High demand, which boomed when the U.S. economy reopened broadly, coupled with goods shortages fueled higher prices.

There were other related factors, too.

For example, automakers didn’t have enough semiconductor chips necessary to build cars, while rental car companies sold off their fleets because they didn’t think the recession would be short-lived, making it pricier to rent when the economy rebounded quickly, Wessel said.

As Covid cases were hitting record highs heading into 2022, further disrupting supply chains, Russia’s war in Ukraine “supercharged” inflation by stoking higher prices for commodities such as oil and food around the world, Zandi said.

As a result, global inflation hit a level “higher than seen in several decades,” the International Monetary Fund wrote in October 2022.

“We only have to look at the still high inflation rates in most other advanced economies to see that most of this inflation period was really about global trends … rather than about the specific policy actions of any given government (though they did of course play some role),” Stephen Brown, deputy chief North America economist for Capital Economics, wrote in an e-mail.

Big spending bills’ impact ‘only clear in hindsight’

US President Joe Biden speaks during remarks on the implementation of the American Rescue Plan in Washington on March 15, 2021.

Eric Baradat | Afp | Getty Images

The economy has performed reasonably well against restrictive Fed policy, says Roger Ferguson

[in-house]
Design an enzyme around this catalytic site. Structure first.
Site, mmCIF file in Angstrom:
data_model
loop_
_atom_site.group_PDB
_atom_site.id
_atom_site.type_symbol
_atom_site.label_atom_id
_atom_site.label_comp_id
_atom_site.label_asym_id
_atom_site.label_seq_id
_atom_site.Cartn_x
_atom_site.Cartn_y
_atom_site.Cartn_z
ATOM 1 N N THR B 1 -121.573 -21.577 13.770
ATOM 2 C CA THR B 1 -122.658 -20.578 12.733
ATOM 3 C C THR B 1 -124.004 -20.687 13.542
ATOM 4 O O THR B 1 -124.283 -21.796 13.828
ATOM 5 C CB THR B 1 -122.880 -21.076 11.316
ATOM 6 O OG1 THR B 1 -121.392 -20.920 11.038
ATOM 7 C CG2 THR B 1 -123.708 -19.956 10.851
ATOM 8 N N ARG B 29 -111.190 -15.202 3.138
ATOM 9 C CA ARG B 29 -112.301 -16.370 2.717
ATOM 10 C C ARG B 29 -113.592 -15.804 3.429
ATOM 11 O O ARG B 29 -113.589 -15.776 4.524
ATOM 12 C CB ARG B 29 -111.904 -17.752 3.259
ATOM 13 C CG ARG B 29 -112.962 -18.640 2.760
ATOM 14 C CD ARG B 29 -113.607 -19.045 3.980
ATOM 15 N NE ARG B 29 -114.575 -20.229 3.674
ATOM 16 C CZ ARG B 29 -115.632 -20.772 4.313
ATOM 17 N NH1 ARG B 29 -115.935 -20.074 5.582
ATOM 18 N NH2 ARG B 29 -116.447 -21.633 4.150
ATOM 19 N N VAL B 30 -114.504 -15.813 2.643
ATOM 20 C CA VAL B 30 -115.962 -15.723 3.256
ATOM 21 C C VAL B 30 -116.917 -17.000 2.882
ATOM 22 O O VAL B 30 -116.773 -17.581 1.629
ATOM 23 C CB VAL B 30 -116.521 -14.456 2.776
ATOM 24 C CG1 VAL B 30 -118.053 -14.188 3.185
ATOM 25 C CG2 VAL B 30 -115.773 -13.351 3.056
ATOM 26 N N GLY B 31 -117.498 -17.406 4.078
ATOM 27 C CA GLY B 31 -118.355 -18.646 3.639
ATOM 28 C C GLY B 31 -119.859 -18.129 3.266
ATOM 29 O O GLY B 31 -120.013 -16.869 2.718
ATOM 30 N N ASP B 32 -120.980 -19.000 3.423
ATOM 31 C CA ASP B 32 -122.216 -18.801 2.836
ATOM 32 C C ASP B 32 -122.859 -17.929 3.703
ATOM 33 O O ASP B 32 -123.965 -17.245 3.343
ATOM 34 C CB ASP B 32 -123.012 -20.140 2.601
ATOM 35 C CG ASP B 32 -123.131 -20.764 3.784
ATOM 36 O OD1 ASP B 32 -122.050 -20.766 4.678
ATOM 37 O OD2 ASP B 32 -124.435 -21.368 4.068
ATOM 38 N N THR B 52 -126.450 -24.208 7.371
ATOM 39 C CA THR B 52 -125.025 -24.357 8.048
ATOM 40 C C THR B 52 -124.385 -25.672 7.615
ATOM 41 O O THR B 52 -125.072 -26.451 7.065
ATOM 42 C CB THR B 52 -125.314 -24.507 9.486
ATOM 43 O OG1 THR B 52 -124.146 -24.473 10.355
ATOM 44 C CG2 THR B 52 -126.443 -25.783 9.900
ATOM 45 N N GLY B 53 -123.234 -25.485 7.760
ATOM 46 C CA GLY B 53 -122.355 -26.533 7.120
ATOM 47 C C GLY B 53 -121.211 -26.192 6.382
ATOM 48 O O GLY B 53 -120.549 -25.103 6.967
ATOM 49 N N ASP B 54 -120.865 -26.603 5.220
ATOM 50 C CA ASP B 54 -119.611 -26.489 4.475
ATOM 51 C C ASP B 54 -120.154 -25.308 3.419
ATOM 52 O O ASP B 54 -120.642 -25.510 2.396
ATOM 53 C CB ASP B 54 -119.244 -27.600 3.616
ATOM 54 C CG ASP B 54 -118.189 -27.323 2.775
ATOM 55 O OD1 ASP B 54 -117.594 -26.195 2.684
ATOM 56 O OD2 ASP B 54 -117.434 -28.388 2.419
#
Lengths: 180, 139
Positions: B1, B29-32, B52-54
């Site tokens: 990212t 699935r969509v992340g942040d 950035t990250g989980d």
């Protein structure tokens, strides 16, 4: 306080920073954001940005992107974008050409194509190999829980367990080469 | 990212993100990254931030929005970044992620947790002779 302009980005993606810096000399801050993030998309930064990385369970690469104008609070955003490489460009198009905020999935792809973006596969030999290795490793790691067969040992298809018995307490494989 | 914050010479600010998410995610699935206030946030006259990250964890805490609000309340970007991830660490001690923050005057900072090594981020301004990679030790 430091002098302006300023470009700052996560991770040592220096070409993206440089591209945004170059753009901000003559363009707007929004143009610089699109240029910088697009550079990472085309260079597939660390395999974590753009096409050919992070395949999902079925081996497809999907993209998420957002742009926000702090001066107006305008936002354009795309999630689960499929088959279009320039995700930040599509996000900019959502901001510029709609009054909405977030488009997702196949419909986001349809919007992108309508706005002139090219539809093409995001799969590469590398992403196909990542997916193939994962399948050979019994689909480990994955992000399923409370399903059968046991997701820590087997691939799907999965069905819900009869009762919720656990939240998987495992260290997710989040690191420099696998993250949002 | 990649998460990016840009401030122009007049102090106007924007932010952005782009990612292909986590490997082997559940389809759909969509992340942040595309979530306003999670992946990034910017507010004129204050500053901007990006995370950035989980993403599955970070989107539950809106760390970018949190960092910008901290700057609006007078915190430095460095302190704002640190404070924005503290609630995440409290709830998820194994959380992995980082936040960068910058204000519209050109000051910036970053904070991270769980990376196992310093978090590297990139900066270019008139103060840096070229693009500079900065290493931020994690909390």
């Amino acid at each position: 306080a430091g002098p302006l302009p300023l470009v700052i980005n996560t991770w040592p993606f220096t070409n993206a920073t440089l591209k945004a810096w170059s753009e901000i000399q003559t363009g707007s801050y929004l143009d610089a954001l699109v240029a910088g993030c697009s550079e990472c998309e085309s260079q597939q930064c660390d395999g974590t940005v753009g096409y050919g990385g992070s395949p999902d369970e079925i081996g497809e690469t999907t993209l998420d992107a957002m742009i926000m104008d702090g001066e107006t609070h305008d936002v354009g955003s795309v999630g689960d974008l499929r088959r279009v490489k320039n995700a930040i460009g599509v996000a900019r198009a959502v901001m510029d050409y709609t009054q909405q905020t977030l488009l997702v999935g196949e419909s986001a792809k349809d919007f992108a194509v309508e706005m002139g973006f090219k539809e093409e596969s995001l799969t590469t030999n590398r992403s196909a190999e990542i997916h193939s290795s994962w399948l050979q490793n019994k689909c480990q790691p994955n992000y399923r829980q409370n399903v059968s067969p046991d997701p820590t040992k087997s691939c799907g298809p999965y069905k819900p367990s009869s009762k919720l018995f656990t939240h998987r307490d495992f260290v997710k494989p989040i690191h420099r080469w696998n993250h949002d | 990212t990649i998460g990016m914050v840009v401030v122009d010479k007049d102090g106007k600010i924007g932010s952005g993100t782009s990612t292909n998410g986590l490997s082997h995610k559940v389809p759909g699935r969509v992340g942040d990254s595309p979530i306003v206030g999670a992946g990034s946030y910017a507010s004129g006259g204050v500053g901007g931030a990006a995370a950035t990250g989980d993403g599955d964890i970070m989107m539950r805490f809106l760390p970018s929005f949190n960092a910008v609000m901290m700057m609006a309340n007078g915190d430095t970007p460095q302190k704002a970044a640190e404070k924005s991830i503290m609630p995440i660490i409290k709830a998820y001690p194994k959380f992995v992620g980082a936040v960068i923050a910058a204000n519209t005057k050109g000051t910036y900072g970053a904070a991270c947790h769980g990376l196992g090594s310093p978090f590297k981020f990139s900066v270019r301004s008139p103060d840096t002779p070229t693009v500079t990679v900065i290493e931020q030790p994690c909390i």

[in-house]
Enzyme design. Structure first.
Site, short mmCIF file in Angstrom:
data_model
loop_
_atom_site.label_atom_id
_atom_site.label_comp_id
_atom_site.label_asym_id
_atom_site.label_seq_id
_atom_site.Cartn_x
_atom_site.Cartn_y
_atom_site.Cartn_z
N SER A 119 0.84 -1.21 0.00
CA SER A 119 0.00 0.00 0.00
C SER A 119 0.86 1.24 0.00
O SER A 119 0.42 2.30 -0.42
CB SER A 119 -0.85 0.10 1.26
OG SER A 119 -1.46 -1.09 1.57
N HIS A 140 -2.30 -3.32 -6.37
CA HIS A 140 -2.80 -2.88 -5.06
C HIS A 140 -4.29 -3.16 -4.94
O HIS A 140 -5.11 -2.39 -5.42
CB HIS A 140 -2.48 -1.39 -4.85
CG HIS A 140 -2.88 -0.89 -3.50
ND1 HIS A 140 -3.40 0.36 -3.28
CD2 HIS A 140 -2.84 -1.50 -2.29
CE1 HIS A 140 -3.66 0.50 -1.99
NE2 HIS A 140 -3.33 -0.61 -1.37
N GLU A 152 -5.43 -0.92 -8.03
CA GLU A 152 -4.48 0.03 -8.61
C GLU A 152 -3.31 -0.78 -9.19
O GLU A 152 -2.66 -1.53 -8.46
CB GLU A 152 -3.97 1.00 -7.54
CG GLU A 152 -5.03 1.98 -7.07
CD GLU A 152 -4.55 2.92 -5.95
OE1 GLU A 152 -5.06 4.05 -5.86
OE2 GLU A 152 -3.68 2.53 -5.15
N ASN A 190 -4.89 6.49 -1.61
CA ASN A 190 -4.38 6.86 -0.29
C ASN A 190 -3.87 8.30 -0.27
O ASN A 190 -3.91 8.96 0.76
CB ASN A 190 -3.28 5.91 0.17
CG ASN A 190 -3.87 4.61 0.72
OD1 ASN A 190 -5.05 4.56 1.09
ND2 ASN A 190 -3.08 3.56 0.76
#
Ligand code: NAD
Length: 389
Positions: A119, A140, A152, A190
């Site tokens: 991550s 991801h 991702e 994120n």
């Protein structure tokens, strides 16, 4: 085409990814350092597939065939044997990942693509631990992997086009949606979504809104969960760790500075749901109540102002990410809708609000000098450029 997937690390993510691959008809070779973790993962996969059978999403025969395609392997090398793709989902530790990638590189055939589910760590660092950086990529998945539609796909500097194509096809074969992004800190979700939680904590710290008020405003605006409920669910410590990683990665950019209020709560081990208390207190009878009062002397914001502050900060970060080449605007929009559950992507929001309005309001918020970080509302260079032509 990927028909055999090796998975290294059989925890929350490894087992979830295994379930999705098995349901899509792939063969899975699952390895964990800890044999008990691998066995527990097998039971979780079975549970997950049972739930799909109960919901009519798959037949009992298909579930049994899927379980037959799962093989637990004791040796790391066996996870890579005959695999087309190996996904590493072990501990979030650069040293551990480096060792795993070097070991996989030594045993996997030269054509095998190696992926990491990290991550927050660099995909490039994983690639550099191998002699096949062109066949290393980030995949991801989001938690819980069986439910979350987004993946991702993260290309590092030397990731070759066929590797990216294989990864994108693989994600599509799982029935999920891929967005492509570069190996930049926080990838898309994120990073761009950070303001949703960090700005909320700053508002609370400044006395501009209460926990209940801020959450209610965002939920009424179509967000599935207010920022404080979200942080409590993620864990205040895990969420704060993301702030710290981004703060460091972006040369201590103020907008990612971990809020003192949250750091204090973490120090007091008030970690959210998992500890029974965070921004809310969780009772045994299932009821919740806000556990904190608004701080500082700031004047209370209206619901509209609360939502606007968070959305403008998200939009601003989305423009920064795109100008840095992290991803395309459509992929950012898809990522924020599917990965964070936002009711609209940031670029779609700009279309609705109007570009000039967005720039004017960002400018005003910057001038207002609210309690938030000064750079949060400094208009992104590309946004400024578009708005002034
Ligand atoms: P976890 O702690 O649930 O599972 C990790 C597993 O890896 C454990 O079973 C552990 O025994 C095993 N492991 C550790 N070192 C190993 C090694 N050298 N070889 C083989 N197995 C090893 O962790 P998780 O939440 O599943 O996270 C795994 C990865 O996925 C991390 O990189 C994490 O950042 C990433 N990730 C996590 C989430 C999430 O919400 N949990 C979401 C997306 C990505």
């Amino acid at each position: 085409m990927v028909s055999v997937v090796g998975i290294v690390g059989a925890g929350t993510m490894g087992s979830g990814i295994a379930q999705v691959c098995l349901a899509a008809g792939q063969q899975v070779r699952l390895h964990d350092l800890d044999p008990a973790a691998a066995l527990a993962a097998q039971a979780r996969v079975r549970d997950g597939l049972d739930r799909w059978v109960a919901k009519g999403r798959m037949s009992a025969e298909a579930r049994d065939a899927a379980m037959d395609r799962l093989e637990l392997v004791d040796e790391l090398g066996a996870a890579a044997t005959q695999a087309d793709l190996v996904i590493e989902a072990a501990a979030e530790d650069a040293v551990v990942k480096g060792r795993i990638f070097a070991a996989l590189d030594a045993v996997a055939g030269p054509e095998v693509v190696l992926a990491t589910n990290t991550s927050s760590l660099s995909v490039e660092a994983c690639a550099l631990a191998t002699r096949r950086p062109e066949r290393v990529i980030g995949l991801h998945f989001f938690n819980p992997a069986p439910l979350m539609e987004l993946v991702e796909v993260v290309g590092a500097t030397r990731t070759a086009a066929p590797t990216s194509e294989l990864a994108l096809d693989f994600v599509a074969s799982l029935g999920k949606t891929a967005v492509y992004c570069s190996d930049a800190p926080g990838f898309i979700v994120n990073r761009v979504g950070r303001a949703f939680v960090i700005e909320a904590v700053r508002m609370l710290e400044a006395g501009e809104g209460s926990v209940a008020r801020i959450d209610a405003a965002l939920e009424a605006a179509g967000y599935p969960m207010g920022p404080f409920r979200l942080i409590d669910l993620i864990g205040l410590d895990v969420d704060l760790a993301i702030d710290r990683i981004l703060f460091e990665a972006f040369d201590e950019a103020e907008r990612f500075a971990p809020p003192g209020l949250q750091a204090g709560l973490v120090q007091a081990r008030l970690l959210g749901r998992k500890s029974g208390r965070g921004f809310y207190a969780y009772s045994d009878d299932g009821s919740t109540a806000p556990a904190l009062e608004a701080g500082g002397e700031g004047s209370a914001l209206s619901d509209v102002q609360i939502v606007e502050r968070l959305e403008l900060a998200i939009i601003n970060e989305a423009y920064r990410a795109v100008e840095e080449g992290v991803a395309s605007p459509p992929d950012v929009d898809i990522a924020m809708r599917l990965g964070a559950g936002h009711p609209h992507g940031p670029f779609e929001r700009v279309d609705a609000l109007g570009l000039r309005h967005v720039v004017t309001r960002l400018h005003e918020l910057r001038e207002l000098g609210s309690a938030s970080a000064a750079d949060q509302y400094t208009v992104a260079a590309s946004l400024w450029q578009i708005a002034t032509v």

The Fed and ‘greedflation’

U.S. Federal Reserve Chair Jerome Powell speaks at a news conference on interest rates, the economy and monetary policy actions on June 15, 2022.

Olivier Douliery- | Afp | Getty Images

Fed officials also have some responsibility for inflation, economists said.

The central bank uses interest rates to control inflation. Increasing rates raises borrowing costs for businesses and consumers, cooling the economy and therefore inflation.

The Fed has raised rates to their highest in about two decades, but was initially slow to act, economists said. It first increased them in March 2022, about a year after inflation started to spike.

It also waited too long to throttle back on “quantitative easing,” Strain said, a bond-buying program meant to stimulate economic activity.

“That was a mistake,” Zandi said of Fed policy. “I don’t think anyone would have gotten it right given the circumstance, but in hindsight it was an error.”

Some observers have also pointed to so-called “greedflation” — the notion of corporations taking advantage of the high-inflation narrative to raise prices more than needed, thereby boosting profits — as a contributing factor.

It’s unlikely this was a cause of inflation, though it may have contributed slightly, economists said.

“To the extent anything like that happened — which I’m not sure it did — this would be a very minor factor in the inflation we had,” said Strain. He estimates the dynamic would have added well less than 1 percentage point to the inflation rate.

“Companies always look for an opportunity to raise prices when they can,” Wessel said. “I think they took advantage of the inflationary climate, but I don’t think they caused it.”